Israeli Court Drops Charges Against Beggar Banned From Western Wall

Judge says the order issued by the rabbi in charge of holy places exceeds his authority and insults the man’s dignity

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Men praying at the Western Wall in Jerusalem, this March.
Men praying at the Western Wall in Jerusalem, this March.Credit: Emil Salman
Josh Breiner
Josh Breiner

A Jerusalem court has ordered charges to be dropped against a beggar whose presence at the Western Wall the police said was in violation of an order issued by the rabbi in charge of holy places, Shmuel Rabinowitz, banning him from the site.

Last week Jerusalem Magistrate’s Court Judge Sharon Lary-Bavly ruled that Rabinowitz had exceeded his authority by banning the man for a lengthy period, and had insulted his dignity.

The beggar, a 48-year-old from Hadera, was caught breaking the law against begging at the Western Wall in 2019 – an infraction punishable by up to six months in prison. Rabinowitz, authorized according to regulations on the protection of the holy places to “ban a person who disrupts him in the fulfilment of his duties,” barred the man from the Western Wall for 60 days. But three weeks later, the man was seen at the site again.

When questioned by the police, he told them that he was not a beggar, but had come to pray. Four months later the police charged him with violating the ban, the maximum penalty for which is two years’ imprisonment. The police are now handling at least three other cases involving the same infraction.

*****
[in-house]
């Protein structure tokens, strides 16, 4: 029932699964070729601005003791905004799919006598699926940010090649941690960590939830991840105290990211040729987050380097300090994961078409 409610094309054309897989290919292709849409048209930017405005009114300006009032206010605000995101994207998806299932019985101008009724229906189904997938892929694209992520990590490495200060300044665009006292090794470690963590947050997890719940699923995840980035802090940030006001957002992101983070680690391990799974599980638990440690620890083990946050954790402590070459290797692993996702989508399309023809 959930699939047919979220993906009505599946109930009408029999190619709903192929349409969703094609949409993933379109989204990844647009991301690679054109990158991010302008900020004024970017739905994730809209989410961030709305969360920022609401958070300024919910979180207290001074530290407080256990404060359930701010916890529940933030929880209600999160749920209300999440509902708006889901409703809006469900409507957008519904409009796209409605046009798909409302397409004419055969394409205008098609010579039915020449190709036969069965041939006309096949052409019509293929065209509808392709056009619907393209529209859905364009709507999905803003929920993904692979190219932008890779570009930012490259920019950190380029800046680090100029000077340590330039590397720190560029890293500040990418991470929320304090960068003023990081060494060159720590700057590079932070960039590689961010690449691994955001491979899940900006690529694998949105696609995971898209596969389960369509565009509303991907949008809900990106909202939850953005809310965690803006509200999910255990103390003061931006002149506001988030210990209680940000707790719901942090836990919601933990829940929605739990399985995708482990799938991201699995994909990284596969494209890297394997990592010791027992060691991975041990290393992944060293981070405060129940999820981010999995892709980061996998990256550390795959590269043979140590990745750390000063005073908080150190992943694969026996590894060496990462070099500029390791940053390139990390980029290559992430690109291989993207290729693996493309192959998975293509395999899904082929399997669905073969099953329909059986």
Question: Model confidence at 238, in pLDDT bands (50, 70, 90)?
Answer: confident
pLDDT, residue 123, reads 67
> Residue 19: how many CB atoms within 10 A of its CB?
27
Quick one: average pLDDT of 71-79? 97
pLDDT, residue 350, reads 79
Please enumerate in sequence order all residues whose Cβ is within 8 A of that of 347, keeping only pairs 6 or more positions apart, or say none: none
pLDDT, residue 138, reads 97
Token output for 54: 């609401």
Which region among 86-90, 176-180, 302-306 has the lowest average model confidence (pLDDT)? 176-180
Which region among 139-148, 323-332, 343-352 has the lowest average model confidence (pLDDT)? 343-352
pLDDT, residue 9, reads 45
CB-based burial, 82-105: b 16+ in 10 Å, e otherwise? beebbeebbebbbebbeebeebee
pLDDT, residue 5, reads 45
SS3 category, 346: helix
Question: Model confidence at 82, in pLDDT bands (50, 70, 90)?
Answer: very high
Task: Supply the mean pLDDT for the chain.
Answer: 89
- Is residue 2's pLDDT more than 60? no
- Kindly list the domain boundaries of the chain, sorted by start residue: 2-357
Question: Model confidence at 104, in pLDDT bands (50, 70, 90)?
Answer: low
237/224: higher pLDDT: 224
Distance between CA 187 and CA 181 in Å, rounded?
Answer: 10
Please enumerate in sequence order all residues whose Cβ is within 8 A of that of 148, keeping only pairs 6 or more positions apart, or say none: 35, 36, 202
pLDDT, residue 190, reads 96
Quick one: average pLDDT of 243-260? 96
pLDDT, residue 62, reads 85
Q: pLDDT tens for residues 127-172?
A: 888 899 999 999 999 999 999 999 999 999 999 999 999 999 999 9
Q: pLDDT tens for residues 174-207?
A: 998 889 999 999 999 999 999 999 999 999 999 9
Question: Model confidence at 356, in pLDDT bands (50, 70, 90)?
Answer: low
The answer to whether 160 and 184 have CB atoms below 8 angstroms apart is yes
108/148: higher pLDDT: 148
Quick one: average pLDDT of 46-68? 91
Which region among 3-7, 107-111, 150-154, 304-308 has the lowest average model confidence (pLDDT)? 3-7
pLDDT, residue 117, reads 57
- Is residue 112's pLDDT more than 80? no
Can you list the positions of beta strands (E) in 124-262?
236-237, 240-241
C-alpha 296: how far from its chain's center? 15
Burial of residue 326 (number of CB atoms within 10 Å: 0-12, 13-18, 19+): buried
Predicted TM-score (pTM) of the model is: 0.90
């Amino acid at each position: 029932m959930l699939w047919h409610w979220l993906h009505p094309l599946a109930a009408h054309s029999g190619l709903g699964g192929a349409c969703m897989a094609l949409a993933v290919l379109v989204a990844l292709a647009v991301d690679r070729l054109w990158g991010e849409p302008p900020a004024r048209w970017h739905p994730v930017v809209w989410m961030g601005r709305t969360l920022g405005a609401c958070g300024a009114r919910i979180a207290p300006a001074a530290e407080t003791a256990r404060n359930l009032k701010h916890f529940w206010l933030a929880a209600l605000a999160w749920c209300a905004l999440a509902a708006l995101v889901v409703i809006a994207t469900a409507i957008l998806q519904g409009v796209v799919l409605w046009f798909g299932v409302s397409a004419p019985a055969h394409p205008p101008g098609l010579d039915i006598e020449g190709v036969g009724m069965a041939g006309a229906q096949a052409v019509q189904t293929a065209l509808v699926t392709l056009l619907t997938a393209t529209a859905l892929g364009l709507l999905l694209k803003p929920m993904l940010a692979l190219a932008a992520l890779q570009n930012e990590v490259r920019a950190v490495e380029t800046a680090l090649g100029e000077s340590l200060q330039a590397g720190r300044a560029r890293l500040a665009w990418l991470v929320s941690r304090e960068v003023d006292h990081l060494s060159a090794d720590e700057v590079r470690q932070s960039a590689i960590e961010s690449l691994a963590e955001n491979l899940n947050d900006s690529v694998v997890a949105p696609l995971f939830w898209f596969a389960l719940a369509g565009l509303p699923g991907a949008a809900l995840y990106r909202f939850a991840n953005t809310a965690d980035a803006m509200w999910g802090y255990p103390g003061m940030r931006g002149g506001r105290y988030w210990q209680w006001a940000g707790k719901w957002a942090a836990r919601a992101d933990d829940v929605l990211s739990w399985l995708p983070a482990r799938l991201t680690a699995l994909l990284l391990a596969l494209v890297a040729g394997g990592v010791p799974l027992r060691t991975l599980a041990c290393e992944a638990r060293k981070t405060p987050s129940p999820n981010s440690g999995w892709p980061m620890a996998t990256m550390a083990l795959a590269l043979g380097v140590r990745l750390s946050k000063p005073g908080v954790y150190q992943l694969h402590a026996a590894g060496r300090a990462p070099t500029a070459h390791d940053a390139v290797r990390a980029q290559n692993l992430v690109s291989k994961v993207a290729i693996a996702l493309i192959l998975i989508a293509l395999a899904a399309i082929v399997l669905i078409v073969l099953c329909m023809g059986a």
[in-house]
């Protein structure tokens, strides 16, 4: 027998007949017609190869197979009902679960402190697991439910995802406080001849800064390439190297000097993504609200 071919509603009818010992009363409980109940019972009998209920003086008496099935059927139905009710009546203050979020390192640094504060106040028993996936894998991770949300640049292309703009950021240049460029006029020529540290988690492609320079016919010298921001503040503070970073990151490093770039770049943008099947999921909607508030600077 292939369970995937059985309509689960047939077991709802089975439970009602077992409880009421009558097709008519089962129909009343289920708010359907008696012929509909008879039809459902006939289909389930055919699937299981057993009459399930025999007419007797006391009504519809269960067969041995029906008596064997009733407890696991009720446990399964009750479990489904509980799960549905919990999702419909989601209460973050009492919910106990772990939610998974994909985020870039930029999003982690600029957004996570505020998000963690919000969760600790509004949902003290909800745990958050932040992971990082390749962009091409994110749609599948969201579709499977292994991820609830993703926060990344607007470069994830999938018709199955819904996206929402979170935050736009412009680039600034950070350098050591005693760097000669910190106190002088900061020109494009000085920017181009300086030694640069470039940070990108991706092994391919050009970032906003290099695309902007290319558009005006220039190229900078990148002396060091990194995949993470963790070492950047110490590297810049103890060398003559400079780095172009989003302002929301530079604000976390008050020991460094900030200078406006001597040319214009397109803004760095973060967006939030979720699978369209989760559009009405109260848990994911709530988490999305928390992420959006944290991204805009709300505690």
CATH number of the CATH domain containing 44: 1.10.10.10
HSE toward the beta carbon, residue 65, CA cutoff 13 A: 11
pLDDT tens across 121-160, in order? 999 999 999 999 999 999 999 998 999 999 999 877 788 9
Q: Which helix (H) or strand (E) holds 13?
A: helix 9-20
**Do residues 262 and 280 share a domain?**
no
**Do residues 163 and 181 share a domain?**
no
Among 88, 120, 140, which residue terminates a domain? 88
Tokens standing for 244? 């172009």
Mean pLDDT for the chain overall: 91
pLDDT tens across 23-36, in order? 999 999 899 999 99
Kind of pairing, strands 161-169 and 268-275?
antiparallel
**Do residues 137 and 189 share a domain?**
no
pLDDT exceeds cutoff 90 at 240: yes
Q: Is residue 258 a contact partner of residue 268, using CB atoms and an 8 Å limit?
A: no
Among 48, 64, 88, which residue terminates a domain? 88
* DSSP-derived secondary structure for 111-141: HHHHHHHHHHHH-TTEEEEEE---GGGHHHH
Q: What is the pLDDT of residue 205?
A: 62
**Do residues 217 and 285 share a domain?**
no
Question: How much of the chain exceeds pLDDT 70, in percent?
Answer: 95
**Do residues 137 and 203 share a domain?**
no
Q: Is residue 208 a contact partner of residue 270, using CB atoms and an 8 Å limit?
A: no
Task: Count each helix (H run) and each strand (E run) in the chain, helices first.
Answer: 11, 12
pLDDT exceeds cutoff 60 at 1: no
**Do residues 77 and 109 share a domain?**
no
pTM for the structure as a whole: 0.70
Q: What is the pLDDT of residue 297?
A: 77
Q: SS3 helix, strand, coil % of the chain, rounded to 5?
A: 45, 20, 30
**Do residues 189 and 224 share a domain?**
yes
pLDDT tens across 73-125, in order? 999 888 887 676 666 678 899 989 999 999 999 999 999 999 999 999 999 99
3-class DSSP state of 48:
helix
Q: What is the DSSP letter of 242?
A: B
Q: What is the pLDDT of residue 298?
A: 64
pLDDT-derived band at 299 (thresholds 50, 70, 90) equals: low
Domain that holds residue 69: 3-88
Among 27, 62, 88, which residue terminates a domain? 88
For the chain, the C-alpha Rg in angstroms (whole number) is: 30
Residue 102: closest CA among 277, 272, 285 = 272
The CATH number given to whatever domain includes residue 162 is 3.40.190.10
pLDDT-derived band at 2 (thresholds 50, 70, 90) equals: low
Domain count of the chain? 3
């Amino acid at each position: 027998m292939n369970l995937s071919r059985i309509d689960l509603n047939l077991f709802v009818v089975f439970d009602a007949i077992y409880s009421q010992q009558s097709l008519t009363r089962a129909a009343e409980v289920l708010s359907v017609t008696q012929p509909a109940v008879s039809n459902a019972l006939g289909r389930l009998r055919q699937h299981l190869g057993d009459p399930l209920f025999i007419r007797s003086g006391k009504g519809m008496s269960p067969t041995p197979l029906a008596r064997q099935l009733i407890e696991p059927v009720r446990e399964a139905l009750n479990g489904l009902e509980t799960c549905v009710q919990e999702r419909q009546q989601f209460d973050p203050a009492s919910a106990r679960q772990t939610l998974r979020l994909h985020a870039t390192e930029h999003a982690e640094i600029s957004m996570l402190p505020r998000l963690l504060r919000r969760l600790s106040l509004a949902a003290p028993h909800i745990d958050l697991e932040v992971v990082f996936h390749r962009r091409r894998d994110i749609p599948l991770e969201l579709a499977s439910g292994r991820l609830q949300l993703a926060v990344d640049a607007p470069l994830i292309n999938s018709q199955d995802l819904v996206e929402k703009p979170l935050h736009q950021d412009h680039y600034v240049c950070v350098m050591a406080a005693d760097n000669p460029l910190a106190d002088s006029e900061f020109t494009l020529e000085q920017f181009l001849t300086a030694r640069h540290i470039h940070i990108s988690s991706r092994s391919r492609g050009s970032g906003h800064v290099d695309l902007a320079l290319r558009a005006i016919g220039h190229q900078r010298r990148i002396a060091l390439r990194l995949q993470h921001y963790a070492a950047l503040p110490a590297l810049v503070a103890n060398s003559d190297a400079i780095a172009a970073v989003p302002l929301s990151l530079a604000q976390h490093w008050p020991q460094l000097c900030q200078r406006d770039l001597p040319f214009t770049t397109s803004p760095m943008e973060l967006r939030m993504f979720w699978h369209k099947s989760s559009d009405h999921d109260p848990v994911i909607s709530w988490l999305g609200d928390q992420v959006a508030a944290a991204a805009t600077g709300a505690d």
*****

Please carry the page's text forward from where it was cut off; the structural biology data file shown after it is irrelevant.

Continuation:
Shmuel Rabinowitz, Israel's rabbi in charge of holy places, in 2018.Credit: מוטי מילרוד

The beggar’s lawyer, Keren Ablin-Hertz from the public defender’s office, claimed that Rabinowitz’s authority to bar someone from the site should only be allowed to be applied in a limited way. On Friday, the judge accepted Ablin-Hertz’s argument and ruled that the facts in the indictment do not reflect a violation of the law.

“Barring a person from a holy place like the Western Wall plaza insults the dignity of the individual banned, who often spends many hours in the plaza,” Lary-Bavly wrote. She added that banning the man was a violation of his basic rights and should be clearly and specifically authorized by law. “More than once we deal with beggars who bother others, but a prolonged ban insults their dignity, which in any case is impaired because they are beggars, and in certain cases this insult could reach the level of humiliation in terms of telling that person, ‘You are not wanted here.’”

Ablin-Hertz said in response: “Issuing bans against beggars harms the basic rights of people on the margins of society. This man is a poor and simple man, who lives hand to mouth, and the authorities found it appropriate to oppress him even more instead of investing resources in rehabilitating him.”

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